CEO Announces New Policy To Protect Civilians During Operations

Abdullah Abdullah, who is in Geneva for a UNHCR meeting, said the policy will provide guidelines to protect civilians during military operations. 

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Addressing the 37th Session of the UN Human Rights Council in Geneva, Chief Executive Officer (CEO) Abdullah Abdulalh on Monday said that Afghanistan is committed to consolidating its human rights gains through cooperation with its international partners. 

Abdullah also stated that a new policy is being drafted for security forces that will go towards protecting civilians during military operations. 

“The National Policy on Prevention and Mitigation of Civilian Harm under draft will soon provide specific guidelines to be undertaken during security operations to prevent civilian causalities and damage to their property,” said Abdullah. 

He said the economic and development forecast of Afghanistan is strongly linked with achieving durable peace and reconciliation. “For us, human rights are and will be a foundational factor across the board,” he said. 

“Afghanistan has, and continues to consolidate its human rights gains. We are now honored to be an elected member of this grand Council – an opportunity to collectively promote and protect the human rights values and principles across continents, for all peoples,” he said. 

The CEO said Afghanistan has made significant progress to catch up with international norms and in taking steps to implement them in society.

“Unfortunately, events beyond our control interrupted that process which was restored after 2002. Since then, we have made significant strides to catch up with international norms and apply them to our society,” said Abdullah. 

He said however it is not easy for a country that is still under assault and in a state of continued warfare to overcome almost 30 years of various forms of disruptions and institutional weaknesses.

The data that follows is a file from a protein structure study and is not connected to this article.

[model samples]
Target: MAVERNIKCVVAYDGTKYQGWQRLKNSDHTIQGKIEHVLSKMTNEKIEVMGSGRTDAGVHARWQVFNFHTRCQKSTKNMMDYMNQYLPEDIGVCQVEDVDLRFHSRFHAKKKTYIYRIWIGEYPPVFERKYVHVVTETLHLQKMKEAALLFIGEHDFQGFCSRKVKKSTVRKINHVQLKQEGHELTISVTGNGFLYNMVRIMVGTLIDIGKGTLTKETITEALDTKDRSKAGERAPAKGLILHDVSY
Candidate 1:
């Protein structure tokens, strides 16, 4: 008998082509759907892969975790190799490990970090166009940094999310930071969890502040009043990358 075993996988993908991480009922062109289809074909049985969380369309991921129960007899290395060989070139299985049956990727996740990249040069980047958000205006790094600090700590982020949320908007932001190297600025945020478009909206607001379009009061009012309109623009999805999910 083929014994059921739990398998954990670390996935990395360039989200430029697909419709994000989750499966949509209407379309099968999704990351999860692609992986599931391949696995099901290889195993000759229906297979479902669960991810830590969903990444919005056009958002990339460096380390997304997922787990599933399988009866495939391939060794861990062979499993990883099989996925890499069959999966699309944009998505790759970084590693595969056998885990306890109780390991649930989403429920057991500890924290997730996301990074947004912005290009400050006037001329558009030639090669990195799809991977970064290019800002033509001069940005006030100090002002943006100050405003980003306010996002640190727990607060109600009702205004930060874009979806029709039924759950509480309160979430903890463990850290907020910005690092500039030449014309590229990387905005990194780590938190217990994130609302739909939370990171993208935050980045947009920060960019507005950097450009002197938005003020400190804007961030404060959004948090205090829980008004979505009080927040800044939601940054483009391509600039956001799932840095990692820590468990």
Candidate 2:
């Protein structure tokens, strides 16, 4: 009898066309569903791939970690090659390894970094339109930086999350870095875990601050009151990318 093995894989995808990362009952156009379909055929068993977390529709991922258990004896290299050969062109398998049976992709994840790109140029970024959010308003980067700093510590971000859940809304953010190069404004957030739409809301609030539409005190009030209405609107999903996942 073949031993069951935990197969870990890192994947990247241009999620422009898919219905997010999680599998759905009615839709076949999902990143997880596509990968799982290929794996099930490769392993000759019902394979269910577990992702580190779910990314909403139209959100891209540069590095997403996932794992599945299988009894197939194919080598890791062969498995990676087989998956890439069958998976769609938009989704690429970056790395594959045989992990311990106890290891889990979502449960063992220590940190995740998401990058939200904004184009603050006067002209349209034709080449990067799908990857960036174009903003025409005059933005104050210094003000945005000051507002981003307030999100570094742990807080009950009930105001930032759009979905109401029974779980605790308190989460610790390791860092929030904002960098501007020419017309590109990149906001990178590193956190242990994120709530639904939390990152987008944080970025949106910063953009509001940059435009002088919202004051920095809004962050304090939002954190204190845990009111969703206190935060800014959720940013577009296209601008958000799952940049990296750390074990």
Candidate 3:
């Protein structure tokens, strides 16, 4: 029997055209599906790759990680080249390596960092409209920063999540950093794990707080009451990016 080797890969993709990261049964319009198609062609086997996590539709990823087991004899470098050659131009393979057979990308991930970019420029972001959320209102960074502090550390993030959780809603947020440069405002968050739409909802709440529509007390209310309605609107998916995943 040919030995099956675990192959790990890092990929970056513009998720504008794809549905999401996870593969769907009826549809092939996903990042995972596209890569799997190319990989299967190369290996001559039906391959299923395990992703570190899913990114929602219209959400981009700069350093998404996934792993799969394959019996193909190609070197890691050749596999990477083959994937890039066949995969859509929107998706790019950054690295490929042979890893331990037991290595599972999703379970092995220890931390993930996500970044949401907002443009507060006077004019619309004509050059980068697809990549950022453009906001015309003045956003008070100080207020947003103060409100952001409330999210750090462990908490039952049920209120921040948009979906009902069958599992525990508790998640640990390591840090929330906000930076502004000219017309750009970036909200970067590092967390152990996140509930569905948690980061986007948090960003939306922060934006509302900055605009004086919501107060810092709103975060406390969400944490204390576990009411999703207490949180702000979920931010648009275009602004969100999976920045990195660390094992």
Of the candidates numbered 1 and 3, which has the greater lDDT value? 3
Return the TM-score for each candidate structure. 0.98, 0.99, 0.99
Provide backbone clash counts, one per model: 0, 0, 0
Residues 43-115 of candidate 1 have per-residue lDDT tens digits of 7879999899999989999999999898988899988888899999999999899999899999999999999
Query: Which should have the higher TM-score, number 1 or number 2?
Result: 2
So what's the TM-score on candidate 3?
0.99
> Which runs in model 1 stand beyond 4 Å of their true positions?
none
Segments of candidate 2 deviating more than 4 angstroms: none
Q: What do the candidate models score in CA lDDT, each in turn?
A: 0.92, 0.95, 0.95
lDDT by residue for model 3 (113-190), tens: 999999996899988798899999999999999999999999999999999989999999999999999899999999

The CEO meanwhile thanked the international community for considering permanent membership to Afghanistan in the council.

“On behalf of the (National) Unity Government, I thank all nations who supported our candidacy, and today as a member of this Council, Afghanistan very much looks forward to working with all other members on the promotion and protection of human rights as a global public good,” he said. 

We have endorsed the basic pillars of sustainable development, such as economic, social, as well as environmental goals and the integrated principles of peace, justice, and institutional development.

The CEO said that despite weak infrastructures and closure of schools in conflict-hit provinces, today more than nine million children go to school, almost all children receive vaccinations across the country and recruitment of children in military formations is forbidden.

“Over the past 16 years, we have tried to change our children’s condition for the better through investment in education, health care, public awareness and laws that protect and prevent abuse. In my country, children have been the subject of various violations, especially at times of heightened conflict in the form of terrorism, indiscriminate violence, displacement, lawlessness and poverty.”